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European Scrutiny Committee

Oral evidence: Retained EU Law: Where next?, HC 122

Wednesday 18 May 2022

Ordered by the House of Commons to be published on 18 May 2022.

Watch the meeting

Members present: Sir William Cash (Chair); Jon Cruddas; Richard Drax; Margaret Ferrier; Mr David Jones; Marco Longhi; Anne Marie Morris; Greg Smith.

Questions 74-88


I: Professor Jo Hunt, Professor in Law, School of Law and Politics, Cardiff University; Professor Christopher McCrudden, Professor of Human Rights and Equality Law, School of Law, Queen’s University Belfast; Dr Robert Taylor, Senior Lecturer in UK Public Law, Aberdeen University; and Professor Adelyn Wilson, Dean for International Stakeholder Engagement, Aberdeen University.


Examination of witnesses

Witnesses: Professor Jo Hunt, Professor Christopher McCrudden, Dr Robert Taylor and Professor Adelyn Wilson.

Q74            Chair: Good afternoon. It is a great pleasure to see all of you—some of you are on screen, and Dr Taylor is here in person. On behalf of the Committee, I welcome you all and thank you for appearing to give evidence this afternoon. This is the fourth session of our inquiry into the future of EU retained law. To date, we have covered the fundamentals of EU retained law; issues relating to the Government’s reviews and scrutiny of any changes to the current system; and the doctrine of the supremacy of EU retained law.

During today’s session, we are going to look at EU retained law and the devolved settlements—in particular, how they interact and, from recent Government announcements, the potential implications of the Brexit freedoms Bill. We will cover the EU (Withdrawal) Act 2018 and the devolved settlements as item 1, then the Government’s September 2021 reviews and the devolved settlements; the different legal arrangements in Scotland, Wales and Northern Ireland; and common frameworks and the internal market Act.

Because this is a hybrid session, we will try our best to direct questions to you individually. If you would like to come in after a fellow witness, please do so. Before we start, for those watching at home, I would like you briefly to introduce yourselves. I am conscious that three of you are appearing remotely, so perhaps we could start with Professor McCrudden, followed by Professor Hunt, then Professor Wilson, and finally Dr Taylor. Would you be kind enough to introduce yourselves in that order?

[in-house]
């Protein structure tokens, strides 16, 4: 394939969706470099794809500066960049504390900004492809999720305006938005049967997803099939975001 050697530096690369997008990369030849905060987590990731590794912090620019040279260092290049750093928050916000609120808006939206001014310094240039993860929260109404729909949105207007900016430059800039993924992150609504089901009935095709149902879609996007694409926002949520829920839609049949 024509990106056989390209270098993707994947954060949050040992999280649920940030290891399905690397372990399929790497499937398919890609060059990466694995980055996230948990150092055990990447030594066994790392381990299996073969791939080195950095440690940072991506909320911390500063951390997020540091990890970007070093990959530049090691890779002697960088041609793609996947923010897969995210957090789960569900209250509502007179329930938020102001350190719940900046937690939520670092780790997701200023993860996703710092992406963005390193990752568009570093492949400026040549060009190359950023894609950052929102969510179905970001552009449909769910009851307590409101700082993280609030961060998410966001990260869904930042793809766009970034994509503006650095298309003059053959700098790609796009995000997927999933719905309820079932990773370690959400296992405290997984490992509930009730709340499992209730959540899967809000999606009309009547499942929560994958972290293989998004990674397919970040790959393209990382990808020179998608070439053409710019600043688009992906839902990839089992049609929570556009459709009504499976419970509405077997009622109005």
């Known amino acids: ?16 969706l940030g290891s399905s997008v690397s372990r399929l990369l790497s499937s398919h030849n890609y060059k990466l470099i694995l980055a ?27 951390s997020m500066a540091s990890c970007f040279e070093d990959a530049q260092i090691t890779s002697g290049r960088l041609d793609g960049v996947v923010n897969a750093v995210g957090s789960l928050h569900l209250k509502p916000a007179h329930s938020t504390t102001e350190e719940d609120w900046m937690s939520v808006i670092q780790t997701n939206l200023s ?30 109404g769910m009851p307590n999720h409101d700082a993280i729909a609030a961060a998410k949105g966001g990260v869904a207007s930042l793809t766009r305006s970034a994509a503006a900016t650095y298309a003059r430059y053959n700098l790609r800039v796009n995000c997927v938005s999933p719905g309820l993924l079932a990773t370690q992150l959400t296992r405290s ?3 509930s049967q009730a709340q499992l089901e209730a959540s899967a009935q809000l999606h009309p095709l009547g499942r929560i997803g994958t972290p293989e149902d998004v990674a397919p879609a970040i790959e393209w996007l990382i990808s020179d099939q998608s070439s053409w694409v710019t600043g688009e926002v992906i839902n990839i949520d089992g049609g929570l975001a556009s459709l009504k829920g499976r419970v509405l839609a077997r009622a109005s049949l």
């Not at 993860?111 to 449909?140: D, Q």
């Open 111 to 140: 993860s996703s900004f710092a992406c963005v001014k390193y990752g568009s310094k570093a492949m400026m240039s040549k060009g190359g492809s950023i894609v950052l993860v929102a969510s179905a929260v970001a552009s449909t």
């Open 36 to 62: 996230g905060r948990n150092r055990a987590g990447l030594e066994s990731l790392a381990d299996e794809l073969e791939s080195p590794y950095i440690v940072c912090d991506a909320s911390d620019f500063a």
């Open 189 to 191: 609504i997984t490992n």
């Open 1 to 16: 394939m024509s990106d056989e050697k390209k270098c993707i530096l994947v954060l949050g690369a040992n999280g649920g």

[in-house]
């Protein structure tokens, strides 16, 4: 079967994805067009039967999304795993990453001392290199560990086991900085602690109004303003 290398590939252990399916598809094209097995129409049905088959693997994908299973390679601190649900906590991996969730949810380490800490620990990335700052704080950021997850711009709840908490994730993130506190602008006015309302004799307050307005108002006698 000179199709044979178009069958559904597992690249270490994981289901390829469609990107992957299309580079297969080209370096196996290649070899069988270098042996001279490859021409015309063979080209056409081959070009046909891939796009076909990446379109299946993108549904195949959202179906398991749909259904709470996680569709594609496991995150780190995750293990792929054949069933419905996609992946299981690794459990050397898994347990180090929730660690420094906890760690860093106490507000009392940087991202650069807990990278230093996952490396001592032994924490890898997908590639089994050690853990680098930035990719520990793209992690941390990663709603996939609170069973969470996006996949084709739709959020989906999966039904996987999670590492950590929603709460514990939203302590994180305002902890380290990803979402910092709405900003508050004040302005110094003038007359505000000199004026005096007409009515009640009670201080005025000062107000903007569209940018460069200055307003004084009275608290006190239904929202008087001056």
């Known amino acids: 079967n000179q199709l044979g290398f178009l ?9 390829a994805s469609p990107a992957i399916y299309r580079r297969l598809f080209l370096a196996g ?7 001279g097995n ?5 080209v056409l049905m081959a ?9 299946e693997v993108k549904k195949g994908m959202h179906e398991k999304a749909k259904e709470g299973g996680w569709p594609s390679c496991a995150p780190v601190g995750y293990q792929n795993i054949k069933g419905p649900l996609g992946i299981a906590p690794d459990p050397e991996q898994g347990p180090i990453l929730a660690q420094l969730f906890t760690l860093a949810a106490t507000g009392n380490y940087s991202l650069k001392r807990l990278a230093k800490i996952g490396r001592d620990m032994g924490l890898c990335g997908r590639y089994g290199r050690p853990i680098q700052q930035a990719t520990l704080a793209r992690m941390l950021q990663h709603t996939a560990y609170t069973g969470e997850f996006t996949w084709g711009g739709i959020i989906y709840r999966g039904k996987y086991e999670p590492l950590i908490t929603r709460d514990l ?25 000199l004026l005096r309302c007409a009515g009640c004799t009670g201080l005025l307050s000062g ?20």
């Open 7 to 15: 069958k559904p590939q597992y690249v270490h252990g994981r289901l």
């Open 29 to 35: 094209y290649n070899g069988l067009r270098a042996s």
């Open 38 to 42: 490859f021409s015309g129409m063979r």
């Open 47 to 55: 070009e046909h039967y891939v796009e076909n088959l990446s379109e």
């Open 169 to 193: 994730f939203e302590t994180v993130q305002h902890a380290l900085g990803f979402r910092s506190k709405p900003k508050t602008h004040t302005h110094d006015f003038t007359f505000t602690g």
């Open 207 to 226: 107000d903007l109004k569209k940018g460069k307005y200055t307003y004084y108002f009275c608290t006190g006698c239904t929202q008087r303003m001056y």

Professor McCrudden: Thank you, Sir William, and thank you for inviting me to give evidence. My name is Christopher McCrudden. I am a professor at Queen’s School of Law, and also a global professor at the University of Michigan Law School. I also practise at the English and Northern Ireland Bars.

Professor Hunt: My name is Professor Jo Hunt. I am a professor of law at Cardiff School of Law and Politics. I am also a member of the Wales Governance Centre there.

Professor Wilson: My name is Adelyn Wilson. I am a professor of law and university dean at the University of Aberdeen. I am also co-director of our Centre for Scots Law and, with Dr Taylor—who is also appearing before the Committee today—was an academic fellow of the Scottish Parliament.

Dr Taylor: I am Dr Robert Taylor. I am a senior lecturer in public law at the School of Law at the University of Aberdeen and, as Professor Wilson mentioned, was an academic fellow at the Scottish Parliament from 2020 to 2021.

Q75            Chair: Excellent; thank you very much indeed. I will ask the first question, which I am going to address to Jo Hunt to begin with, in relation to Wales; then Professor Wilson and Dr Taylor in relation to Scotland; and then Professor McCrudden in relation to Northern Ireland. The question is as follows: can you take us through the provisions in the EU withdrawal Act that specifically relate to devolution and EU retained law, and outline how, if at all, the relevant powers have been used?

Professor Hunt: The Act itself, as you know very well, introduces various powers for UK Ministers to introduce changes to existing retained law. It does the job of rolling over EU law into EU retained law, introduces powers for UK Ministers to make changes to that law and, as we know, defines the particular status of that law. Welsh Government Ministers, just as with the Scottish and Northern Irish Ministers, are given the same powers within the fields of devolved competence to correct deficiencies in retained EU law and implement the withdrawal agreement. They have the analogue powers to what is there in section 8 and section 9 for the UK Ministers; schedule 2, through section 11, brings those forward for the Welsh Ministers to use.

Of course, UK Ministers can use those powers for Wales too, although there was a political agreement—the intergovernmental agreement of 2018 between the Welsh Government and the UK Government—that those UK ministerial powers would not be used within devolved competence without the consent of the Welsh Government. So we have the powers for UK Ministers, we have the powers for Welsh Ministers to act within devolved competence to correct deficiencies and implement the withdrawal agreement, and we also have concurrent powers that operate.